Cotham Marble or Landscape Marble is a variety of Rhaetian (uppermost Triassic stromatolitic limestone from the Penarth Group, found in south Wales and southwestern England in the area around Bristol, possibly extending to the south coast in east Devon. It is named after Cotham House in Cotham, Bristol. This limestone was used for ornamental purposes, particularly during the Victorian era. On cut and polished faces the stone has the appearance of a landscape, complete with ploughed fields, trees and hedges.
The beds known as Cotham Marble form part of the Cotham Formation of the Penarth Group. They occur as lenses within the upper part of the Cotham Formation. The marble is widely but patchily developed within the Cotham Formation in its outcrop that extends from Glamorgan in South Wales, through the Bristol area to the coast of southeast Devon.
The lenses are typically between 3 and over 20 cm thick and are up to 3 m across. Within each lens there is a basal convex upward layer from which the landscape rises. The 'hedge' layer is about 5 mm thick, marked at the top by many small bumps. The 'trees', arborescent structures, extend upwards from the hedge and are relatively constant in height at about 4-5 cm, although somewhat shorter near the lens edges. In most cases the lenses contain only a single layer of the landscape, but two, or exceptionally three layers may be developed, known as double and triple landscape marble respectively, each growing up from the crest of the underlying layer.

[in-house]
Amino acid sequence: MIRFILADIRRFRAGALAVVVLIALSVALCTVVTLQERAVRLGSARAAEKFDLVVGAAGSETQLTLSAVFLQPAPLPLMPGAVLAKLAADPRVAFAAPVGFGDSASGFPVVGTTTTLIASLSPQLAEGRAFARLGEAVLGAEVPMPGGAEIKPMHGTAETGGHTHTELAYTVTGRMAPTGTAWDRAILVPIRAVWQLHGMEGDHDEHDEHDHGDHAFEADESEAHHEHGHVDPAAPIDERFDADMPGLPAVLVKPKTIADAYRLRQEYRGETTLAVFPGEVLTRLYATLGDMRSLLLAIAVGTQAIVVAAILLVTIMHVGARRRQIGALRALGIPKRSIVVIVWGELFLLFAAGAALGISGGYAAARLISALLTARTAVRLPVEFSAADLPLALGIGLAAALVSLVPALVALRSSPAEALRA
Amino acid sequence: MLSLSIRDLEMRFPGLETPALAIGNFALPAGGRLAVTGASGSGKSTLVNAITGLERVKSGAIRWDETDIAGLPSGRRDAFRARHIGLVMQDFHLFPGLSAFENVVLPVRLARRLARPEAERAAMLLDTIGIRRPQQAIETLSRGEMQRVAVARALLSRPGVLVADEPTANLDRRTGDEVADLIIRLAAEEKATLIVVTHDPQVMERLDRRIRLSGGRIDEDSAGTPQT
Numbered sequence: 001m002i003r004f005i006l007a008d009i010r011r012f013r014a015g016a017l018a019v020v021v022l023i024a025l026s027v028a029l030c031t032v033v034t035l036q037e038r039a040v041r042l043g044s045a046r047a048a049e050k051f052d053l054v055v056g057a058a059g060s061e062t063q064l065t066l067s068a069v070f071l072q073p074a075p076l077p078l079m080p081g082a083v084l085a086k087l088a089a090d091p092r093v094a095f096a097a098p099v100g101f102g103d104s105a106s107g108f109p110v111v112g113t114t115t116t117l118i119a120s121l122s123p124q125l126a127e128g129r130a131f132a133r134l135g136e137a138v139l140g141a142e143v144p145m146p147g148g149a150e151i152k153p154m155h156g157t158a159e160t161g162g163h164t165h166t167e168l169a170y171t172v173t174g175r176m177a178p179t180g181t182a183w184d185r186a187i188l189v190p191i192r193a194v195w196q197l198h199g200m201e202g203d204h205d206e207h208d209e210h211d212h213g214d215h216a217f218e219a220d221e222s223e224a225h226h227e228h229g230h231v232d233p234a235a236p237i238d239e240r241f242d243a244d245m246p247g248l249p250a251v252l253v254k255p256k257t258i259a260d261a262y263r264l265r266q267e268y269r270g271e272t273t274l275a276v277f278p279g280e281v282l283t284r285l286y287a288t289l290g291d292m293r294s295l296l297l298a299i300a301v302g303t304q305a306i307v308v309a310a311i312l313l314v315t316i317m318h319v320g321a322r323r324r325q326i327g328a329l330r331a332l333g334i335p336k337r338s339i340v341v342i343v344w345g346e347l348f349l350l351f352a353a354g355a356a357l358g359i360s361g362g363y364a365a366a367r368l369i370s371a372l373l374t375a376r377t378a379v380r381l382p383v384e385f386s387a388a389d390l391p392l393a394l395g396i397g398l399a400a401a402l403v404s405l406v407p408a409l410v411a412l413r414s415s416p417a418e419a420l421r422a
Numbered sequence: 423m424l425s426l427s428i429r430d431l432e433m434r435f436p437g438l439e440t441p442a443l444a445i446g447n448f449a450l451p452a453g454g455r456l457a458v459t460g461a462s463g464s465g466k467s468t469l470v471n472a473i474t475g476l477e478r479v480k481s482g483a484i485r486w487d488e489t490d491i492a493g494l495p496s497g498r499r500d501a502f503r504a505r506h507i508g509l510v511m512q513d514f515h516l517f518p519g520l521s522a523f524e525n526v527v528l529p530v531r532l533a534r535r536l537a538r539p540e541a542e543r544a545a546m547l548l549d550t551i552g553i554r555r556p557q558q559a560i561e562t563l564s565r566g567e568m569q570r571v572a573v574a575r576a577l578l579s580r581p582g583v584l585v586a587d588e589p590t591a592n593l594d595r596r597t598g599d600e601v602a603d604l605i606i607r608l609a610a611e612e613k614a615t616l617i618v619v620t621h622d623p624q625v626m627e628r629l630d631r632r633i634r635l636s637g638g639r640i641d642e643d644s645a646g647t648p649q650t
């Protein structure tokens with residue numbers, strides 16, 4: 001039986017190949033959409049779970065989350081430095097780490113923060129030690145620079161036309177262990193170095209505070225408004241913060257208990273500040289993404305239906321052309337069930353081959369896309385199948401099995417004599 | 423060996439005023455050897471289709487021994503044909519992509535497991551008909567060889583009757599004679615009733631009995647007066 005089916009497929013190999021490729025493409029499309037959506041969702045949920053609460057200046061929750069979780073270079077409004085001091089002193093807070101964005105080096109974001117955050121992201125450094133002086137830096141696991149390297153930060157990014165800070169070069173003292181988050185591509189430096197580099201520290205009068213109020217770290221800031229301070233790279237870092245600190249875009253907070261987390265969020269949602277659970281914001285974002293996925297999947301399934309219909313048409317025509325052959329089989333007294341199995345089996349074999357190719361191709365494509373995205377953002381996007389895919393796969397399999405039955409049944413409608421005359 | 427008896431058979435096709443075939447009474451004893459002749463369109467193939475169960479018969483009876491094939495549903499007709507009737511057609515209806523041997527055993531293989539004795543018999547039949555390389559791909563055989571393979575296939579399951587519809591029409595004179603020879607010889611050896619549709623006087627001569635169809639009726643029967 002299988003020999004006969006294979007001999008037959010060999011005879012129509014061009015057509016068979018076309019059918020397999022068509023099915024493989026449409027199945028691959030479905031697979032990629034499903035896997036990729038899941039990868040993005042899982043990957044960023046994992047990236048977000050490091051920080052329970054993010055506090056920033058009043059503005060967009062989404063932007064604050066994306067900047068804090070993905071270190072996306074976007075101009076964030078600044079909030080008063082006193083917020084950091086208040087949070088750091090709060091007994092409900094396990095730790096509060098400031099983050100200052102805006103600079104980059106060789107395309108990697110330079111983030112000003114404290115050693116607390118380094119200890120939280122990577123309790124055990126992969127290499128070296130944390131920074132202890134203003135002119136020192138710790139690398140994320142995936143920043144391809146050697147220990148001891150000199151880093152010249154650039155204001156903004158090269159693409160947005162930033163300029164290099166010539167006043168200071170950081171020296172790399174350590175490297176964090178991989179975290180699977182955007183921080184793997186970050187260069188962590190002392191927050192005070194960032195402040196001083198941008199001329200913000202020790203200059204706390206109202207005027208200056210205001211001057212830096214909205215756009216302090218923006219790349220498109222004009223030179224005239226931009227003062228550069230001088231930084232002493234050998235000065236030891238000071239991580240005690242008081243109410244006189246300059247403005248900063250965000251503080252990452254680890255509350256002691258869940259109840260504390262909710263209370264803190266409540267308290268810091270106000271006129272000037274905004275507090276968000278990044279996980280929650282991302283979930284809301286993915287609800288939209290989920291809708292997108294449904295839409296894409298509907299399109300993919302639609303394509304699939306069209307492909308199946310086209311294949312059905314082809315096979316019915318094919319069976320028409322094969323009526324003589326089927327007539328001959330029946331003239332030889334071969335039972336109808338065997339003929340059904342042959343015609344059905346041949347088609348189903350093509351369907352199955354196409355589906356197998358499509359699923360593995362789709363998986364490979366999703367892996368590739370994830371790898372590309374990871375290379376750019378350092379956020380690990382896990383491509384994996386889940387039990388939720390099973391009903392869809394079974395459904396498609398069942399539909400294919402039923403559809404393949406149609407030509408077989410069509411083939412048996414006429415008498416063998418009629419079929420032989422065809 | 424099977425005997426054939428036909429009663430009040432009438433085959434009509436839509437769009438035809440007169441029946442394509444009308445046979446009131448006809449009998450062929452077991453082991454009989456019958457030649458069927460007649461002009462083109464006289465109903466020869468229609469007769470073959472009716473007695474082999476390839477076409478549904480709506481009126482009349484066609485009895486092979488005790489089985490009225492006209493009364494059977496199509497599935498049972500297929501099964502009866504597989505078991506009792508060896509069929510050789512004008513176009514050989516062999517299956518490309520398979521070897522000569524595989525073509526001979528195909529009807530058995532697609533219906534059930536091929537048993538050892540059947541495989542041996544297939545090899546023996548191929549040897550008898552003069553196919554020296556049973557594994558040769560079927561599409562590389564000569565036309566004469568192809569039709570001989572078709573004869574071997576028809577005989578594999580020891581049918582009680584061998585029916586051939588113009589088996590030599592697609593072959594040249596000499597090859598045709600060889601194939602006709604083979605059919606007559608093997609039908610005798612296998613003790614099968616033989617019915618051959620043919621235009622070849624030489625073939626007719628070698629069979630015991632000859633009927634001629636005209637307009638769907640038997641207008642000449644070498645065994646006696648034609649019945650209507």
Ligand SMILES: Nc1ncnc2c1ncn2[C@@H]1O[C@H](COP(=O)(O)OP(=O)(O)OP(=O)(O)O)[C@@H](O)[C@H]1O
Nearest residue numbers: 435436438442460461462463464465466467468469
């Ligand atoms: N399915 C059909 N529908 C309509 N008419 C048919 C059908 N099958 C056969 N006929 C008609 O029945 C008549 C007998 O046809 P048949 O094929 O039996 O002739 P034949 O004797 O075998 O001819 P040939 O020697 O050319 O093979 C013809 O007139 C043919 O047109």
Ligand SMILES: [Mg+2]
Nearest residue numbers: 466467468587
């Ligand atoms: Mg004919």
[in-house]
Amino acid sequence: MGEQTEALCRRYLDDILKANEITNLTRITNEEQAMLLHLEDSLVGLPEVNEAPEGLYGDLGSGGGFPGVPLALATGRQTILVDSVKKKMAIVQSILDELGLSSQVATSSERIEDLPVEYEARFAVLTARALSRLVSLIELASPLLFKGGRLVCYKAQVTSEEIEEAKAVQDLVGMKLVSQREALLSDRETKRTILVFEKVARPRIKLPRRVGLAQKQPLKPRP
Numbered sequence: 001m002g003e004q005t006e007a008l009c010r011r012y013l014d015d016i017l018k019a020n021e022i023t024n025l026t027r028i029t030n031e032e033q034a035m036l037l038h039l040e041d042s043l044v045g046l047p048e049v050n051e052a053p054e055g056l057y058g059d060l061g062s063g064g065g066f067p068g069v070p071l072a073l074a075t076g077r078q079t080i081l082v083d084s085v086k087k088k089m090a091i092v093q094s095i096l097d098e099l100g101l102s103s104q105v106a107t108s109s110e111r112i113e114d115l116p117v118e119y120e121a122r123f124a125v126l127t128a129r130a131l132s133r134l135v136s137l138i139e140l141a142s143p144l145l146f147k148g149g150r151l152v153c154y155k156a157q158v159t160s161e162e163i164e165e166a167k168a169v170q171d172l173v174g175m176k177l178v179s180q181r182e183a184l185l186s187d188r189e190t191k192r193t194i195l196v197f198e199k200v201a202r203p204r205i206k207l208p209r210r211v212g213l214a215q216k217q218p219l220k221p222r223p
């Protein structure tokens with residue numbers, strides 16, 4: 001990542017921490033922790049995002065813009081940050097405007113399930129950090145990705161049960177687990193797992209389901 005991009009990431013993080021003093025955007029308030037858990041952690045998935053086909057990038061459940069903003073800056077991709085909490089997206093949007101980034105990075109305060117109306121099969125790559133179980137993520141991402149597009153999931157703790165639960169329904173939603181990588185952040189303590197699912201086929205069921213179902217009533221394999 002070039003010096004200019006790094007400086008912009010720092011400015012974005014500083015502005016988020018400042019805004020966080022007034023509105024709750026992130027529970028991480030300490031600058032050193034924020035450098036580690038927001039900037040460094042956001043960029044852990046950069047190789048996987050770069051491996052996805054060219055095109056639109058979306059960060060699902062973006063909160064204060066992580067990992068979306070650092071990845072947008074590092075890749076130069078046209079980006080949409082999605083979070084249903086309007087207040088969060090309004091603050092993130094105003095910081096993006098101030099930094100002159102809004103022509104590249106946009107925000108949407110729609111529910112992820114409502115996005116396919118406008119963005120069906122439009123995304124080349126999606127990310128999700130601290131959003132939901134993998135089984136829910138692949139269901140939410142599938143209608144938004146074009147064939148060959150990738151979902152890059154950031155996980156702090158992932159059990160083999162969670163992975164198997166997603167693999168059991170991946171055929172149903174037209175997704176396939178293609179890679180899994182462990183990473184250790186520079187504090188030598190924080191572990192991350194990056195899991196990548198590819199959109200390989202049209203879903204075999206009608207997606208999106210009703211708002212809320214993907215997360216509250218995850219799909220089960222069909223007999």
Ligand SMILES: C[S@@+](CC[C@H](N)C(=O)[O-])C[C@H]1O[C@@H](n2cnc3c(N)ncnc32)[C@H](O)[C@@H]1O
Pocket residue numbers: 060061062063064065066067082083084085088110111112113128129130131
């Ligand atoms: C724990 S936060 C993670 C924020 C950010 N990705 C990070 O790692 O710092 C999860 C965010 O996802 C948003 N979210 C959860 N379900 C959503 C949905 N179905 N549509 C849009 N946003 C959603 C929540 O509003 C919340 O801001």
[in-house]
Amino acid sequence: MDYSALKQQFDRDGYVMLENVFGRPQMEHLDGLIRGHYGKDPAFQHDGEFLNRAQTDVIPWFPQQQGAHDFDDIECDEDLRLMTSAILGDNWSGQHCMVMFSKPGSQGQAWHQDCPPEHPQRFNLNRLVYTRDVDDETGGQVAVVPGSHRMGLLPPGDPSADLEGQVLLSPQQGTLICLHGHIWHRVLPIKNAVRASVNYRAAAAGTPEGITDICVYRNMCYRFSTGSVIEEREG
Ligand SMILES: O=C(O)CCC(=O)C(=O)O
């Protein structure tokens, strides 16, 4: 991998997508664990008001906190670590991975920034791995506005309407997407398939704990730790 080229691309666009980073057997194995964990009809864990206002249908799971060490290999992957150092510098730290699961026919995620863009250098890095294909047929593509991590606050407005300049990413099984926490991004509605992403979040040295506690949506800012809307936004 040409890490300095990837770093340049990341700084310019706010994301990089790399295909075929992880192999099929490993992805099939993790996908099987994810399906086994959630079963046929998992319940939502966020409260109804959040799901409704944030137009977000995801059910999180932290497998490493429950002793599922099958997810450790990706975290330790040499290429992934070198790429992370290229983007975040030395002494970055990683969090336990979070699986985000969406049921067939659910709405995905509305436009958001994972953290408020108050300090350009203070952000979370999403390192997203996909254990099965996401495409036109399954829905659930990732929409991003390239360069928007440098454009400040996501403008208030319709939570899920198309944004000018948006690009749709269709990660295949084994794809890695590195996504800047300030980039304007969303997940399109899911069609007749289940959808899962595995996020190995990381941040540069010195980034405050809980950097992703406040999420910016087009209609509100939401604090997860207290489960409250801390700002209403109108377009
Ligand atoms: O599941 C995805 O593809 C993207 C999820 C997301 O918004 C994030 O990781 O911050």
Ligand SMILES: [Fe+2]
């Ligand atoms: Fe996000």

The formation of the unusual structures in Cotham Marble has been ascribed to a number of causes. The earliest explanations were all inorganic, including evaporitic deposition and the effect of gas bubbles rising through the sediment. An algal origin was first proposed in 1961 and this has been confirmed by later work.
Although described as a variety of Cotham Marble, and often found in association with it, this limestone has a different origin. It consists of thin limestone flakes often set almost on edge within a sandy limestone. These are interpreted to have a mechanical origin as a form of mud-flake breccia.
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